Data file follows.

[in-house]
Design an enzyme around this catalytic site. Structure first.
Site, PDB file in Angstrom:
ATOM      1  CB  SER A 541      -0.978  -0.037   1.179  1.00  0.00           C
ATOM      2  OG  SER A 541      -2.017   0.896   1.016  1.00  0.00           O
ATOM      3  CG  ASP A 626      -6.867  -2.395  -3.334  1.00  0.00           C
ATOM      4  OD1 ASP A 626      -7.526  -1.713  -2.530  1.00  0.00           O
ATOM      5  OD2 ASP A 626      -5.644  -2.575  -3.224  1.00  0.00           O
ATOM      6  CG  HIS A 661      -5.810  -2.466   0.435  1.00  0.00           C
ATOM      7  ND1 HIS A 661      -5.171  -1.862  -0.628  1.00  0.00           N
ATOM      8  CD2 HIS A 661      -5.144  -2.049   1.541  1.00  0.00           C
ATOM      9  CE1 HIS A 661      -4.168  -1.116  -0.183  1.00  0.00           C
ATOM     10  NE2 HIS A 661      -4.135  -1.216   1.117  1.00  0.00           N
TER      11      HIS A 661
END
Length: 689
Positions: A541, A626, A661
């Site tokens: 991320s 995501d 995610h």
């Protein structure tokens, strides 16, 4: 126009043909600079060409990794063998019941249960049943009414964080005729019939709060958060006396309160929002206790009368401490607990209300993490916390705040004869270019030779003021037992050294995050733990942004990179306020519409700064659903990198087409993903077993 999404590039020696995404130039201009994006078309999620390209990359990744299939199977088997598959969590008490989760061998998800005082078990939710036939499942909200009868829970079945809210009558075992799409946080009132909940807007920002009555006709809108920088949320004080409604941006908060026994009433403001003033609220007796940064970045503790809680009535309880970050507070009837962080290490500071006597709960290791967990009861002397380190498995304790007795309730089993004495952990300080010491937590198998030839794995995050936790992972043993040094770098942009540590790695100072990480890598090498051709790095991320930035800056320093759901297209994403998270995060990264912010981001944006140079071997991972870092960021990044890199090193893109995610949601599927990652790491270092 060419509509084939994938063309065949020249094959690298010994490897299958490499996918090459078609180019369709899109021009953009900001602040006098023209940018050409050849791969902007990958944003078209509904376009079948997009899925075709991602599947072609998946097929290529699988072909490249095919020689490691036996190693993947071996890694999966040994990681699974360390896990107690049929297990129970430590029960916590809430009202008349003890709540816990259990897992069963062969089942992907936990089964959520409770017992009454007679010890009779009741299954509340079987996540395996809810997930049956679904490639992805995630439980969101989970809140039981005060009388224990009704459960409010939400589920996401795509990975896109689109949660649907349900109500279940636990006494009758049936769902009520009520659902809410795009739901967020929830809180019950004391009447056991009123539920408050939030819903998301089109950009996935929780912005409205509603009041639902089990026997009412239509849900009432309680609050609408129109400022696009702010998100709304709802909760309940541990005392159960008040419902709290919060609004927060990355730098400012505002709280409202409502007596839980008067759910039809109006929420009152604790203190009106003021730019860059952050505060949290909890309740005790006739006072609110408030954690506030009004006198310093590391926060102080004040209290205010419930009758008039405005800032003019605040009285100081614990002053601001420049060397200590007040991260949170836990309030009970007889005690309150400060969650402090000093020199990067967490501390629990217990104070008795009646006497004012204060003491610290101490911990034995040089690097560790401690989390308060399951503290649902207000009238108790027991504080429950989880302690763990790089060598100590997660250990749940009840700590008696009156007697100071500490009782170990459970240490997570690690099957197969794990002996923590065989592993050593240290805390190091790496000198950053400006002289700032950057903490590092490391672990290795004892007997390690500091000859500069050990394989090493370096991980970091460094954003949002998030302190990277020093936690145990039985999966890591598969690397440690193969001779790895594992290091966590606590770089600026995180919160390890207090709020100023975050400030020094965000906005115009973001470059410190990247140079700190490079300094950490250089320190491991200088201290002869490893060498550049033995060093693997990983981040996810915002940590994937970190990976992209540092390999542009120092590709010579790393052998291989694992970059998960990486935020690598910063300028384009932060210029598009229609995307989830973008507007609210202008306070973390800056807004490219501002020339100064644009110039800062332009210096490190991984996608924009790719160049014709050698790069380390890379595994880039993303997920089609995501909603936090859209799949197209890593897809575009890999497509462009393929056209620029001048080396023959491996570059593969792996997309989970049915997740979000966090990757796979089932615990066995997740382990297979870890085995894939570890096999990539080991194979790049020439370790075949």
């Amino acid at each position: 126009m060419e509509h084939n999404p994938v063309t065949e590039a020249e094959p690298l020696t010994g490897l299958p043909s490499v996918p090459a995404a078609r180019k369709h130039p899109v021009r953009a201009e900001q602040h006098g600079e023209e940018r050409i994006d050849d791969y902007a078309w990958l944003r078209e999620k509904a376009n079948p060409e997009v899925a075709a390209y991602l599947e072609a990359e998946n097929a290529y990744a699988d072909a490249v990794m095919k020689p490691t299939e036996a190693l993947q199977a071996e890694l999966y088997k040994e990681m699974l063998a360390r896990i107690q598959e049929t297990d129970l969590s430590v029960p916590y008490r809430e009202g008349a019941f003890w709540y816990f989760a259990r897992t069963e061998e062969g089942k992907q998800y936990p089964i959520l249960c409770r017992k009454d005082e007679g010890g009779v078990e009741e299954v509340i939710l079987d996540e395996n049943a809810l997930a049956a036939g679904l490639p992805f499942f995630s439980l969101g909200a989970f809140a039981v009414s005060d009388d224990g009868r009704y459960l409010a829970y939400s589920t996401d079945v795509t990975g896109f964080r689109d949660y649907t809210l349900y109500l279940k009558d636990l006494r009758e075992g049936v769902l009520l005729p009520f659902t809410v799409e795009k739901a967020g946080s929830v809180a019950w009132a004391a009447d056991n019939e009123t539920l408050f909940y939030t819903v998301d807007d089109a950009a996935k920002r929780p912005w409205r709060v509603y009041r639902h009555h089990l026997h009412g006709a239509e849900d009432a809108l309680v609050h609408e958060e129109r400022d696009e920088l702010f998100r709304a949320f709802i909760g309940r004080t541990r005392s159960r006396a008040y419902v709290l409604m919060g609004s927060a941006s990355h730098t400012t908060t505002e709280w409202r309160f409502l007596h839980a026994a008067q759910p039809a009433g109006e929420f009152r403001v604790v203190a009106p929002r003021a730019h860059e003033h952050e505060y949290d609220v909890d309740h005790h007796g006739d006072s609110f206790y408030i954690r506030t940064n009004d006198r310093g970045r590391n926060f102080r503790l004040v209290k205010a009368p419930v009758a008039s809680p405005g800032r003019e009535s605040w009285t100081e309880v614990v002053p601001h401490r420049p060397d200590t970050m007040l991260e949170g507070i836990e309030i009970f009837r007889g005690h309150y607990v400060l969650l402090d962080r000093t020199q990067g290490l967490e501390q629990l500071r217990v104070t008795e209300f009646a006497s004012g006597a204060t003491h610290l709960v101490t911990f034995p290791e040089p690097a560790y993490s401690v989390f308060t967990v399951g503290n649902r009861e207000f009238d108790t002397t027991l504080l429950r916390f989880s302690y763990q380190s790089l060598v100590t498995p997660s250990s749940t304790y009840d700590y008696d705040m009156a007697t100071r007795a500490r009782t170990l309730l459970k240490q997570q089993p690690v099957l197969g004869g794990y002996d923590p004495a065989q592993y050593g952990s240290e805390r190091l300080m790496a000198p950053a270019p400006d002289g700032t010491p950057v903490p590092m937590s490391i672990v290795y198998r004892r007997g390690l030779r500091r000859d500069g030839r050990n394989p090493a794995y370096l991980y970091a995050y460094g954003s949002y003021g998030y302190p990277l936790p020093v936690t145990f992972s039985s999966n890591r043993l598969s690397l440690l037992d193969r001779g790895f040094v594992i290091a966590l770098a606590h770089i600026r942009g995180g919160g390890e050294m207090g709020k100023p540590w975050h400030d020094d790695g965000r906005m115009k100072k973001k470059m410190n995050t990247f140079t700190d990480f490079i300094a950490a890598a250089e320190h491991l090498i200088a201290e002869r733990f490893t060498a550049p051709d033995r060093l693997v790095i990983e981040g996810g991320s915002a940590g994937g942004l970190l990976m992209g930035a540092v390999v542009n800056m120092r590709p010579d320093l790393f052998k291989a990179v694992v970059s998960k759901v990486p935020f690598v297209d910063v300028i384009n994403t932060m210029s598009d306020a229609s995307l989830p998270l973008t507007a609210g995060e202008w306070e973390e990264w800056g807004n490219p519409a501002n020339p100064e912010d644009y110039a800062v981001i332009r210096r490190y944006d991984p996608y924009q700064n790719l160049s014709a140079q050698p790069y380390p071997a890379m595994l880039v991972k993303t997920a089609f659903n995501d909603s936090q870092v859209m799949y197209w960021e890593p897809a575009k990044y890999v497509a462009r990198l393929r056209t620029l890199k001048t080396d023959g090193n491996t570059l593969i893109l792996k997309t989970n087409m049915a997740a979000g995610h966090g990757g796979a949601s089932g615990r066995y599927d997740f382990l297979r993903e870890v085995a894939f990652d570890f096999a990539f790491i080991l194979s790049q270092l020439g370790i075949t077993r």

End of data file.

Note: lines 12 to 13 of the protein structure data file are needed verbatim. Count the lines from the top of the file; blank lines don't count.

ATOM      9  CE1 HIS A 661      -4.168  -1.116  -0.183  1.00  0.00           C
ATOM     10  NE2 HIS A 661      -4.135  -1.216   1.117  1.00  0.00           N